Three quick hits:

1. Here’s an interesting article about the one bit of bright news the newspaper industry had in the past year or so – the APT partnership with Yahoo that allowed newspapers to use Yahoo’s user-targeting technology to serve up ads. Here’s CNBC’s description:

It’s an online marketplace for display ads.

It allows publishers of display ads (like newspapers) and buyers of those ads to connect in this web platform that’s intended to be an efficient, transparent system.

Apparently the business of selling display ads is incredibly time intensive and complex- it even involves old fashioned technology like -gasp- fax machines to demonstrate what an ad would look like. This new technology aims to make the process of selecting and targeting display ads fast and easy.

Well, unfortunately, there’s a new CEO in town, and the APT partnership with newspapers is one of the things that Carol Bartz will be taking a look at. And with the sad & sorry shape of newspapers these days, having Yahoo get all “what have you done for me lately, baby?” is not optimal.

Or maybe it’s part ROI and part gut instinct. Maybe Bartz reads the (thinning) newspapers and decides that there’s not a lot of upside in her company investing its resources heavily in association with what looks like a dying industry.

2. Meanwhile, over at BrassTacks Design, the whole form & appearance of online display ads is being questioned.

CPC works for Google. It works for Google’s advertisers. It will work for newspaper Web sites.

Uh, no. Sorry, but no. Make that, “Hell, no.”  CPC would be a disaster for a newspaper that has to pay to produce content, and therefore, the ad space is limited and costly.  Google’s ad space is created via spiders & algorithms – far cheaper than a pavement-pounding reporter or stogie-chomping city editor.

Google’s ad spaces are created by users typing in search strings.  So a craptastic ad for Lizard potty-training manuals written in Urdu really doesn’t mean all that much.

That same CPC ad crammed onto the front page of a newspaper is a disaster.  Why? Because nobody but drive-by curious will click on it.

CPC only works in a blog or newspaper space when the products being sold are good.  It’s basically like an affiliate program.  You have shitty products that don’t sell – and the advertiser doesn’t really pay for the ad placement, but the content creator loses the valuable ad space on the page.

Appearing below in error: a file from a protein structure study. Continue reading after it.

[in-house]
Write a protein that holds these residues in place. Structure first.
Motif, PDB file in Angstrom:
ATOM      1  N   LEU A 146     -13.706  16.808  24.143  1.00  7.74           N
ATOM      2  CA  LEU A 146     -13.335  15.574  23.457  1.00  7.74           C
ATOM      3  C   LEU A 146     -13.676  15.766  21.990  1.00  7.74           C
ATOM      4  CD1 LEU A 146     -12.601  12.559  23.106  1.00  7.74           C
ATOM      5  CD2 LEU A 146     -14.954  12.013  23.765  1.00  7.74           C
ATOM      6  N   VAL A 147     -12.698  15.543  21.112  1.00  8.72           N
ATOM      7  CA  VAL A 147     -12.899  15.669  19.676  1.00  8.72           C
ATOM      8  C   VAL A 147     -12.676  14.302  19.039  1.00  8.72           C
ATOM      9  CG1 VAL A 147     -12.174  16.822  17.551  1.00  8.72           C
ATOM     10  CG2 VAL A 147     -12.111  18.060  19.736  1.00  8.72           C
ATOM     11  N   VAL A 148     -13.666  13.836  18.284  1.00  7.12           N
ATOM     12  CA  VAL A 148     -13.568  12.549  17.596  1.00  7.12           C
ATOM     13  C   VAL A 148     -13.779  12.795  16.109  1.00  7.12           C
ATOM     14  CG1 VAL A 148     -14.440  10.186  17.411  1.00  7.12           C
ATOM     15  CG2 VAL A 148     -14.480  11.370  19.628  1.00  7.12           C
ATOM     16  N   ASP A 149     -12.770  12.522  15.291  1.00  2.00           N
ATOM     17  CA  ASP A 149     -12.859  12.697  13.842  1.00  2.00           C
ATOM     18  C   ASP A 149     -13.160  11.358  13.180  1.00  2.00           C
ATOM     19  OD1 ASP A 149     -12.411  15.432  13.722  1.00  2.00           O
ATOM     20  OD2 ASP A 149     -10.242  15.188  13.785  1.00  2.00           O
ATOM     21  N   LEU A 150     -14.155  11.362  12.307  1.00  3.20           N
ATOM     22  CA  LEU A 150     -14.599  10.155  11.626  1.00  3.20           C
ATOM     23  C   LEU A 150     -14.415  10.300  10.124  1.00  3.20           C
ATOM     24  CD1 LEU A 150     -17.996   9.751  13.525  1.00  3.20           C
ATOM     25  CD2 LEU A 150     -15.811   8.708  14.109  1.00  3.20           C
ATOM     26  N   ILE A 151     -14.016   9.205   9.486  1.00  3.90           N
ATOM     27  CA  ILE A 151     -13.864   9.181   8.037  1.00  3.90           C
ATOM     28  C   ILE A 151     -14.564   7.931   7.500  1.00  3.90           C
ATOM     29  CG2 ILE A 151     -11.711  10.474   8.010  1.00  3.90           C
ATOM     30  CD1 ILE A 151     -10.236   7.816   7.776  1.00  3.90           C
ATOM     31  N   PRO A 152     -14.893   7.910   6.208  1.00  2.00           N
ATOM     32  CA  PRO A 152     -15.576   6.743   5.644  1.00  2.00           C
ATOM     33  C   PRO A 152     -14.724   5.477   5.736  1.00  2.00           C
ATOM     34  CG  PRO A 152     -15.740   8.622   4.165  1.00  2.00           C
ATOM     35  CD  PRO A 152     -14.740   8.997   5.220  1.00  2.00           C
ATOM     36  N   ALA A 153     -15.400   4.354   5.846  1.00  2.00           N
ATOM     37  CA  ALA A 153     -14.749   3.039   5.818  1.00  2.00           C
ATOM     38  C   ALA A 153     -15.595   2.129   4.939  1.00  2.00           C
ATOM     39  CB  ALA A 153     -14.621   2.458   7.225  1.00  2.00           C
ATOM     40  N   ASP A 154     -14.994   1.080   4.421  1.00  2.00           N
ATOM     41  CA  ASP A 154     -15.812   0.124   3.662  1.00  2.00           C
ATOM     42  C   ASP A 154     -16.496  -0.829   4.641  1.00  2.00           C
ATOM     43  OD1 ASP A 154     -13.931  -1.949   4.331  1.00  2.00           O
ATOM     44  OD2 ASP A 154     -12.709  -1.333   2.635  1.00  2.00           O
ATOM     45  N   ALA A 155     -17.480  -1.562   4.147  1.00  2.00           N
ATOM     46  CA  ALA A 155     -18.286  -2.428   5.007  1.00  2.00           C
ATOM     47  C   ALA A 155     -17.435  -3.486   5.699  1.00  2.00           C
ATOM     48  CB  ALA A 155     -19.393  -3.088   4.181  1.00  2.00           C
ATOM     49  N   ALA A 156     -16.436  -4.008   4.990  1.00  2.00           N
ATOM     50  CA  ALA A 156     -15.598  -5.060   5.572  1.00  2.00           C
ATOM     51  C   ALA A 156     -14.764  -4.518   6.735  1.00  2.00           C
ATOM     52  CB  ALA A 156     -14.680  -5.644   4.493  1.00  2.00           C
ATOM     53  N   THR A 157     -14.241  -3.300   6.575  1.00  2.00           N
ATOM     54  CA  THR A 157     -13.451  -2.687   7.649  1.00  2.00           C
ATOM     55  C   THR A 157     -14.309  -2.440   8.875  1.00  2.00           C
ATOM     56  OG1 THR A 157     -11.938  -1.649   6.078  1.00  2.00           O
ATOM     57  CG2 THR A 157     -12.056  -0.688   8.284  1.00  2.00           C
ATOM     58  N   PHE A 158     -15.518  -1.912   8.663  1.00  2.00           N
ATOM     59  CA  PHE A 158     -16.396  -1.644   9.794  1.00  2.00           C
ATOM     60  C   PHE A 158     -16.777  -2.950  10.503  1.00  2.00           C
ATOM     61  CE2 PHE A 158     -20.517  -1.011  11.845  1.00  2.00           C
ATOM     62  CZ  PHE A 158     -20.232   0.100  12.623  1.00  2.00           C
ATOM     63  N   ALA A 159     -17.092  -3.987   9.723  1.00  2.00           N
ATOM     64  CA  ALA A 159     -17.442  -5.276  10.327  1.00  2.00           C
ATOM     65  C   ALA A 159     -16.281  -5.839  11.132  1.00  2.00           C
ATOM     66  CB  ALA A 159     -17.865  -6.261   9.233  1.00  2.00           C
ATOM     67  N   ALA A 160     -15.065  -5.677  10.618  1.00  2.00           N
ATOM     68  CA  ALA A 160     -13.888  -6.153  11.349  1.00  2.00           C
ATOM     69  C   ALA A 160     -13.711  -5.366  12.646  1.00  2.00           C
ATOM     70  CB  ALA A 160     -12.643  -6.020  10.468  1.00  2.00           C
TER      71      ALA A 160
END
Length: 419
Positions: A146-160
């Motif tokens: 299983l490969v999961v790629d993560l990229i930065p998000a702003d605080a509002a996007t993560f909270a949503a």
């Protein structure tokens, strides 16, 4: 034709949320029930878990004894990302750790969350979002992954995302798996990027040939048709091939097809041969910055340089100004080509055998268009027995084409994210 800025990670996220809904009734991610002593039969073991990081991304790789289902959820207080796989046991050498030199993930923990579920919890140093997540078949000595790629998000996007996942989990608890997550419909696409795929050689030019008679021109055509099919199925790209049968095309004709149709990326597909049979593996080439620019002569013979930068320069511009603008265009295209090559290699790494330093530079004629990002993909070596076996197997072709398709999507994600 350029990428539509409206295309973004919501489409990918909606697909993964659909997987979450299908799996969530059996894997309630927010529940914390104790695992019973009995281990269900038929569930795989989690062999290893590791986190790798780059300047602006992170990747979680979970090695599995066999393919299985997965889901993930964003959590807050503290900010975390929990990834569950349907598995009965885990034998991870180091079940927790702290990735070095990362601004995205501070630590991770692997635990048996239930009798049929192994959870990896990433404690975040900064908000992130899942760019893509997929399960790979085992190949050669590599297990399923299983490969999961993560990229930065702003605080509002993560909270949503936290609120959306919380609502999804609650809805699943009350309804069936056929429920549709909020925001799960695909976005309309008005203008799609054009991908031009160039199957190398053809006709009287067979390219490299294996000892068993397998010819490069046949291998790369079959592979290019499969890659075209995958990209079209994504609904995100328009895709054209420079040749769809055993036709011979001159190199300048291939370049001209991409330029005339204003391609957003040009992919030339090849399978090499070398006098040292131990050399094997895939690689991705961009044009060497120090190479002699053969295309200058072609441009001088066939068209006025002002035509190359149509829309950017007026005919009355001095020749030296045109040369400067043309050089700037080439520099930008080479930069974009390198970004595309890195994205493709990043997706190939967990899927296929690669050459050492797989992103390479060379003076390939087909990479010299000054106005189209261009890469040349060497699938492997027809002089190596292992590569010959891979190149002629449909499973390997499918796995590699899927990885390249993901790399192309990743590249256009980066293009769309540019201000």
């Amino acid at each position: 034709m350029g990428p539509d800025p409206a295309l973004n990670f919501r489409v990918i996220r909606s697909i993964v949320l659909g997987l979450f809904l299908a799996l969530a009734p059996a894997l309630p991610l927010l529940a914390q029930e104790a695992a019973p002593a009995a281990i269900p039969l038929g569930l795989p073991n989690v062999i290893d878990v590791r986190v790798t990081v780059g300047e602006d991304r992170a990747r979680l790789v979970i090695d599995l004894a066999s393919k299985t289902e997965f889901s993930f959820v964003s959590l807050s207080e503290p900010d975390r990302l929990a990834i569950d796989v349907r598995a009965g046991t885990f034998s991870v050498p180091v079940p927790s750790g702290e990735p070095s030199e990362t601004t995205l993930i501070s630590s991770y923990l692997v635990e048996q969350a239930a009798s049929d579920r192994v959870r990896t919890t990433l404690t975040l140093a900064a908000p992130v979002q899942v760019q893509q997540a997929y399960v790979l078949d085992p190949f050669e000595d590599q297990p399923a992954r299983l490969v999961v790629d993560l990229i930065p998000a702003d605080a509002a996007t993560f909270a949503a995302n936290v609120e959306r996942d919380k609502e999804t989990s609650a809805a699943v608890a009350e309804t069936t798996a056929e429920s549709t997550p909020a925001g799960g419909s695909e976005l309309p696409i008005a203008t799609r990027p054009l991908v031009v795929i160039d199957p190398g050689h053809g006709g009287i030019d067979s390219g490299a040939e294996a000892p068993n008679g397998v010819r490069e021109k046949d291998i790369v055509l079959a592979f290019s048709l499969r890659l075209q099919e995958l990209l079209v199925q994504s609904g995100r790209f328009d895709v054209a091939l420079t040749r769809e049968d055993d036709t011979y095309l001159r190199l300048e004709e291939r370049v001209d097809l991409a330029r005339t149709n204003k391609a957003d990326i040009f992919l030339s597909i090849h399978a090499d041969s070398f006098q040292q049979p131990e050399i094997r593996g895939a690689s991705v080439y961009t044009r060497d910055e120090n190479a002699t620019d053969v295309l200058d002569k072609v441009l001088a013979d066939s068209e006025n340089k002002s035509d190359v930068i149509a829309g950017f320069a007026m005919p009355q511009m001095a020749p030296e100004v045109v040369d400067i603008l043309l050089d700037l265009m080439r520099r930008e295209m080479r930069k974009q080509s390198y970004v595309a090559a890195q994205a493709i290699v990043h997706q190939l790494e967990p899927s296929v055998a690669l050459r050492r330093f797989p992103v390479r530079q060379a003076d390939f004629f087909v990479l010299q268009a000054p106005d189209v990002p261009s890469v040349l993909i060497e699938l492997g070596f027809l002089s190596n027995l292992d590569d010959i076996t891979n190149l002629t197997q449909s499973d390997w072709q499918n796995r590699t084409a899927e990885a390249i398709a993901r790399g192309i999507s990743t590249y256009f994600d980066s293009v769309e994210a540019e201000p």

And yeah, you can somewhat mitigate this by being choosy with your ads.  But there’s this thing called “Clickfraud,” see, and it’s one of the dirty little secrets that Google tries to keep a lid on. And that’s not even talking about “distribution fraud” – and if you don’t think that that is a risk in a desperate industry, look to the recent past, where circulation managers are doing stretches in the calaboose for cooking the numbers.  Viz:

So, even a Google executive is aware that this network needs to be cleaned up. Think about that. Even at the top level, Google knows it has a click fraud problem on its hands.

3. Meanwhile, over at Ethan Zuckerman’s blog, he raises some very pertinent questions about newspaper survivability, based on the increased efficiency and accountability that the web brings to advertising.

Here’s my concern. If I’m right and print advertising costs are fundamentally irrational, then it’s possible that the way we’ve built media in the United States can’t survive a transition to a more rational market. That would be bad. Newspapers aren’t just businesses – they serve a critical function in a democratic society, informing citizens so they can make intelligent voting decisions, lobby their elected representatives on issues of their concern and hold political and business powers accountable.

What if the idea that commercial enterprises should carry out the public interest function of journalism is built on a fundamentally broken model? What if advertising worked pretty well as a way of subsidizing public interest journalism only so long as advertisers didn’t understand the effectiveness of their ads? Putting aside all the other reasons why commercial journalism may be flawed – the tendency of newspapers and television channels to seek readers by publishing “edutainment” rather than investigation, the worry that papers will hesitate to publish stories that might embarrass advertisers – what if ad supported journalism is only viable in a world where we radically overvalue the worth of ads?

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